Day Hike S: Red Mill Road (North of Ellerbe Creek) to Red Mill Road (South of the Eno River)
RMR2 (Red Mill Road — Twice!)
Distance: 4.8 miles
- Difficulty: Moderate.
- Camping: No.
- Land managers: N.C. Wildlife Resources Commission, U.S. Army Corps of Enginners. Note: Some or all of this trail is on game lands and hunting is allowed. Learn about local hunting seasons here.
- Volunteer Task Force Leader: Jeff Brewer, firstname.lastname@example.org.
- Piggyback trail: No.
- Connecting trails: No, but old roadbeds crossing the trail may give that impression.
- Falls Lake MST Section No.: 22.
- Trailhead/Access: Red Mill Road (twice). Click on map for specifics.
Section 22 encounters several meadows.
A stretch of trail with considerable — and multiple — personality. On both ends, you’ll find retired lowland agricultural land. Some of that land now supports small meadows and hay fields, some is slowly being taken over by bottomland forest.
Midway on this stretch the trail climbs a bluff that, especially in winter, offers good views of Falls Lake, albeit not the wide stretches popular with speed boats. Rather, here you’ll find shallow sections that during summer may be dry mud flats, while in winter give the impression of a coastal swamp. Here, the Eno, the Flat and the Little rivers, along with Ellerbe Creek, end their runs in often indistinct ways.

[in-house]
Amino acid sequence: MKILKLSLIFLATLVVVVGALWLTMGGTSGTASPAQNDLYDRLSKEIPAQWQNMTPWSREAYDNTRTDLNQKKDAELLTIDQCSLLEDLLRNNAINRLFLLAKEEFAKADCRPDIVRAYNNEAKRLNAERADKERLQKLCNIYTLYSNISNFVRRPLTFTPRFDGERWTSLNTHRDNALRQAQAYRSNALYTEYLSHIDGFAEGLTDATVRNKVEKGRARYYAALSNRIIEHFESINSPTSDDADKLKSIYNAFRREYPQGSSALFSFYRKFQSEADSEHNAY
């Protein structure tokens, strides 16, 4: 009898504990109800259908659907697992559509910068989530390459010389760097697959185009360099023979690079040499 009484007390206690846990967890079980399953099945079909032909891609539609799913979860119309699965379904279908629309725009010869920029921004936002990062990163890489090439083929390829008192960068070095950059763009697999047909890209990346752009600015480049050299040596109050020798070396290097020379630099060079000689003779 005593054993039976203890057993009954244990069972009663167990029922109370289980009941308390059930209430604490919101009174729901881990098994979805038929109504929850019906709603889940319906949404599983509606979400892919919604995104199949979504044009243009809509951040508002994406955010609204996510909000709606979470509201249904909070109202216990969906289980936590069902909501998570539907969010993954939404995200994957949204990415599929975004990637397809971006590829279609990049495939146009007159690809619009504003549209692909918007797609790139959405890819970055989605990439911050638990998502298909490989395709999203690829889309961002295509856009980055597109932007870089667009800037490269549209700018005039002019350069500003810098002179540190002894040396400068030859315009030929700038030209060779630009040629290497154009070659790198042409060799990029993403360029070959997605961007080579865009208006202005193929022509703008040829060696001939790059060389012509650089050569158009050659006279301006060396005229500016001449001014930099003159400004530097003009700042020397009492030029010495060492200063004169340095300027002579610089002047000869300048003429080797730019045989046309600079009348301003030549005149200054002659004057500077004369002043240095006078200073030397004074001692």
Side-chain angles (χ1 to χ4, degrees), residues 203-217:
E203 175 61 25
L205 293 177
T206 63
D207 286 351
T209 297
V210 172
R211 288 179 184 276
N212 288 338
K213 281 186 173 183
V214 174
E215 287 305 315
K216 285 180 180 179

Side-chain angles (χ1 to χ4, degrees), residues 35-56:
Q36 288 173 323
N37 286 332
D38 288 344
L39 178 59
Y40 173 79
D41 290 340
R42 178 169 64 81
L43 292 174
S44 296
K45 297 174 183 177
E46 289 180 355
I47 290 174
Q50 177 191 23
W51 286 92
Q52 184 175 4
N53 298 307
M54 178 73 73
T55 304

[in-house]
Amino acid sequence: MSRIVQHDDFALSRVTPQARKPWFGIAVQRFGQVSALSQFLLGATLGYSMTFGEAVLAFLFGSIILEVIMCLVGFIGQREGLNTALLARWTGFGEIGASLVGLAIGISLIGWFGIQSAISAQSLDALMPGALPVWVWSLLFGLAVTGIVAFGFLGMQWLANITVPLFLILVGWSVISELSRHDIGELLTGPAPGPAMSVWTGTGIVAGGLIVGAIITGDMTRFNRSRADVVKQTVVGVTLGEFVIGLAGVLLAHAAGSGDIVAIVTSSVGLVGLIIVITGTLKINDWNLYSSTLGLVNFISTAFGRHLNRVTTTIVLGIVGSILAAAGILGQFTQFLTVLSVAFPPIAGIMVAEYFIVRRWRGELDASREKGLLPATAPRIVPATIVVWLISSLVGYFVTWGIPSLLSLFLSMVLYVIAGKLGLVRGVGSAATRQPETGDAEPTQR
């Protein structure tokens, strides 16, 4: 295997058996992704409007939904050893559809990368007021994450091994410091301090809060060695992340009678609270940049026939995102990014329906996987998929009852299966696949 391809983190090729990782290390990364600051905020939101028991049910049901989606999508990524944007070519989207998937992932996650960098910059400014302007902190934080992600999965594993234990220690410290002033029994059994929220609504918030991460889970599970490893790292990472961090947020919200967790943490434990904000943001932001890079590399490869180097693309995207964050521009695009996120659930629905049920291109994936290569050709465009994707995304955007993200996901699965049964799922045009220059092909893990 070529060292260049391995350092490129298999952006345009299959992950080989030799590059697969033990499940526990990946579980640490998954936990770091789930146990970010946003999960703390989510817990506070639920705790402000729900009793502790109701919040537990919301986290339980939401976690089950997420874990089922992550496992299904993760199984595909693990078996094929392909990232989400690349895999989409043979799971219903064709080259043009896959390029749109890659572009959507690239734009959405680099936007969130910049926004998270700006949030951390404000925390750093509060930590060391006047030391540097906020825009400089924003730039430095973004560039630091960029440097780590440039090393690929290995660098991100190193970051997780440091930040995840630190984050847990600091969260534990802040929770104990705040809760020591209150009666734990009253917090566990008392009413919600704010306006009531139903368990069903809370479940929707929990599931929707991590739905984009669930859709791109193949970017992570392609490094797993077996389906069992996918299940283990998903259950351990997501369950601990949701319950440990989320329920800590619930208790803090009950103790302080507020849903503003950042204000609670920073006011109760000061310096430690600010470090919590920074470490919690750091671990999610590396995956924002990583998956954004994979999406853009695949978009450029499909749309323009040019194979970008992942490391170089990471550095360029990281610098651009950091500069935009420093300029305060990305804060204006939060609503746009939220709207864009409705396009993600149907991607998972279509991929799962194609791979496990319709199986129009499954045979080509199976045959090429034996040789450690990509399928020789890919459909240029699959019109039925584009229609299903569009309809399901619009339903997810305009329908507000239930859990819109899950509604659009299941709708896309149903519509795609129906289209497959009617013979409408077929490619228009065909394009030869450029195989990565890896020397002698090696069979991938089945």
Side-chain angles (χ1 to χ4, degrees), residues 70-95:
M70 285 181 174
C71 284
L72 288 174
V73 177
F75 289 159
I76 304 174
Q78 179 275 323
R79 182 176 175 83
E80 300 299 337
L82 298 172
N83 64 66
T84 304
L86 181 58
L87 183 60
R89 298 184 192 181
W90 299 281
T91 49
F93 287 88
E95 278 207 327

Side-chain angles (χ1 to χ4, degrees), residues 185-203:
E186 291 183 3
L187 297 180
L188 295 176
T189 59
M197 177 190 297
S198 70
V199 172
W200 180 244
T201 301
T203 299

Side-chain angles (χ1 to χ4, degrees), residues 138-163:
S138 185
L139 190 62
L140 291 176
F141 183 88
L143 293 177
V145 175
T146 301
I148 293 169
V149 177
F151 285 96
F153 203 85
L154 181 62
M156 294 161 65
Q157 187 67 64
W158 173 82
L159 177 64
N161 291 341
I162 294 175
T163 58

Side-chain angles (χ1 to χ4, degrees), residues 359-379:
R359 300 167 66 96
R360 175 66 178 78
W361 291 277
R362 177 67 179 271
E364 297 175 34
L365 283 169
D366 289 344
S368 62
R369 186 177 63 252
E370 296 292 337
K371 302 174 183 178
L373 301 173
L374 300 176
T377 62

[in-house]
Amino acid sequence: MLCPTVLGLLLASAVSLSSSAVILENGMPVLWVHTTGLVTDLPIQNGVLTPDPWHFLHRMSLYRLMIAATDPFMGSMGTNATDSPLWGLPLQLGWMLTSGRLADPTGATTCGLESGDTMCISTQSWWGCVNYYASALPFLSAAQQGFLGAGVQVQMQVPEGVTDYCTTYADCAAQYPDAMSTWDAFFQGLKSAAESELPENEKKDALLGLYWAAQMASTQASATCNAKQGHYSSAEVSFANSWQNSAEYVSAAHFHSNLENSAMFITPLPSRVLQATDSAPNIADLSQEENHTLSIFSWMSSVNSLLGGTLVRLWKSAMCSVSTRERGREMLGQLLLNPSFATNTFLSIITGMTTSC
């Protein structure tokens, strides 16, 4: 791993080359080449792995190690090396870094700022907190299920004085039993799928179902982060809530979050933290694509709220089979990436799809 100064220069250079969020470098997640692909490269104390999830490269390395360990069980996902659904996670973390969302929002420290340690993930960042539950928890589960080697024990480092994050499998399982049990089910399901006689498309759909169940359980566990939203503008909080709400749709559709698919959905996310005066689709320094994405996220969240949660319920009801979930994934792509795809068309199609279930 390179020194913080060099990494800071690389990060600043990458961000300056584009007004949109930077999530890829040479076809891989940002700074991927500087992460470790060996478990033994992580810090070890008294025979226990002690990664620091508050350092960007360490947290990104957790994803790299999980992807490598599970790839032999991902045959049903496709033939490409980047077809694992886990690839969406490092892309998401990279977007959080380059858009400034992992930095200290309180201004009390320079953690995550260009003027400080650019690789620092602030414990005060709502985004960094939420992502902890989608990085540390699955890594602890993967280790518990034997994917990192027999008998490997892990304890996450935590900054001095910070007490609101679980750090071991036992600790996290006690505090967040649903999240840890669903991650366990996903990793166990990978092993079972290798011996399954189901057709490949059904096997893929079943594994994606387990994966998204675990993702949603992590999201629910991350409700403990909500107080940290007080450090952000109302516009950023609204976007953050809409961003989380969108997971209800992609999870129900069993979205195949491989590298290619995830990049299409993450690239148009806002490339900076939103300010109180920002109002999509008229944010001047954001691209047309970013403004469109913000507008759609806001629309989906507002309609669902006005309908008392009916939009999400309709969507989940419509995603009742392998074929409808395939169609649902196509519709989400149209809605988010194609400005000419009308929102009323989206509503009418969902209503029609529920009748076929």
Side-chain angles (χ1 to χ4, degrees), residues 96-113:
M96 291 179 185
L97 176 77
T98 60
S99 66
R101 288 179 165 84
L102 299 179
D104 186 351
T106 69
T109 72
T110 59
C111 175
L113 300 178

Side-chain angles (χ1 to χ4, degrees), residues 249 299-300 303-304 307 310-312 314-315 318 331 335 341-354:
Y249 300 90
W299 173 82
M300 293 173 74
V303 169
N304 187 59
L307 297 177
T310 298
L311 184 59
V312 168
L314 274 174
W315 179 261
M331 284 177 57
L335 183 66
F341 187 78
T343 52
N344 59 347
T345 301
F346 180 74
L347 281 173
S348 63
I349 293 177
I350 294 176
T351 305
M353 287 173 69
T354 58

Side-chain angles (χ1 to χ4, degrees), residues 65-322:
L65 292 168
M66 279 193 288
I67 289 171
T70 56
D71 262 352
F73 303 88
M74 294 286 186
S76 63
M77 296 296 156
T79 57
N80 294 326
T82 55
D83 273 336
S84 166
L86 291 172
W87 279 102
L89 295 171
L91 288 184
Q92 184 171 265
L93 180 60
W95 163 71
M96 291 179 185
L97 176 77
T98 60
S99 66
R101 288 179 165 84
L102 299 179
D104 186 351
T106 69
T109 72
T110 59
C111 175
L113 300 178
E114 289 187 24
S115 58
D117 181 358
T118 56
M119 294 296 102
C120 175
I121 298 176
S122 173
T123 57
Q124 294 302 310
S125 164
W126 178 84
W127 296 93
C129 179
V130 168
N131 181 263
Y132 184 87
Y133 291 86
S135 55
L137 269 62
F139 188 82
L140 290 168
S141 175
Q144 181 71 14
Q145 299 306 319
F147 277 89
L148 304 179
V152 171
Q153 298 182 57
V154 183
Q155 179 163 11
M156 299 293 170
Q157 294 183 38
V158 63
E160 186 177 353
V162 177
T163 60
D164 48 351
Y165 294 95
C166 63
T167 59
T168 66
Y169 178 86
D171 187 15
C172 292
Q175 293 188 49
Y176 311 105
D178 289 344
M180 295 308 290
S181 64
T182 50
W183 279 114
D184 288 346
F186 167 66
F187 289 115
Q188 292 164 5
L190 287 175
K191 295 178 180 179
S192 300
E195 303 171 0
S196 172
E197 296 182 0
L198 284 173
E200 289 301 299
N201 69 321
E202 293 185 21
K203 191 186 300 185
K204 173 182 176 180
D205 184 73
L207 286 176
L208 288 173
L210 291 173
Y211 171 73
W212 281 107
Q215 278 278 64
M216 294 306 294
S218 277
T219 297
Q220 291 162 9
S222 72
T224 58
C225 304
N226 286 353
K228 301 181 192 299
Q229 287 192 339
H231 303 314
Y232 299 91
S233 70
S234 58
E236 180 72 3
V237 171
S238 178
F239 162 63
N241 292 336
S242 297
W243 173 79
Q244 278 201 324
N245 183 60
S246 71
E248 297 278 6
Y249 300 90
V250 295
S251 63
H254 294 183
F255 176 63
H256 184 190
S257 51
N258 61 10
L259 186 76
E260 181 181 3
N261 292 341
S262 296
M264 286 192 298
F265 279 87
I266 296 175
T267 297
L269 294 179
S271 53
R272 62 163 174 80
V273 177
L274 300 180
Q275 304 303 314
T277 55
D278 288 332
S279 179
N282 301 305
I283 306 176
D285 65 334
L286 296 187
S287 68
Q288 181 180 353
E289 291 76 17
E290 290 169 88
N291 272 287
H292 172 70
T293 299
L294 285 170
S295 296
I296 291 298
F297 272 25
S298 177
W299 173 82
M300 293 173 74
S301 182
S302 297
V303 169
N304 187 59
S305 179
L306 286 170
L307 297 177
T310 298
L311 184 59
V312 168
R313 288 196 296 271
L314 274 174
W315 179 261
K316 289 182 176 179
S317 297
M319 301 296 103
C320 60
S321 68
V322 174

Sprinkled in between you’ll find remnants of the region’s human past in the form of the occasional rusted cast-offs and a long-abandoned barn. You’ll also find the occasional natural curiosity: a climb through a pine and cedar stand, for instance.
One caution: the trail begins and ends on Red Mill Road, which you must cross to get to parking. Take note of traffic before making a move.
Geology Highlights: Geological sights of this trail section include a natural levee along Ellerbe Creek and vistas of upper Falls Lake. Compare the wide, flat and shallow lake here with the narrow, hilly, rocky and deeper lower Falls Lake east of Highway 50 in Wake County. Q: Why the difference? A: The Jonesboro fault.
For detailed hiking directions and parking information, download the Segment 10 guide from our Trail Guides page, using the “Primary Trailheads” section to pinpoint the location. You can also visualize the route on our interactive map.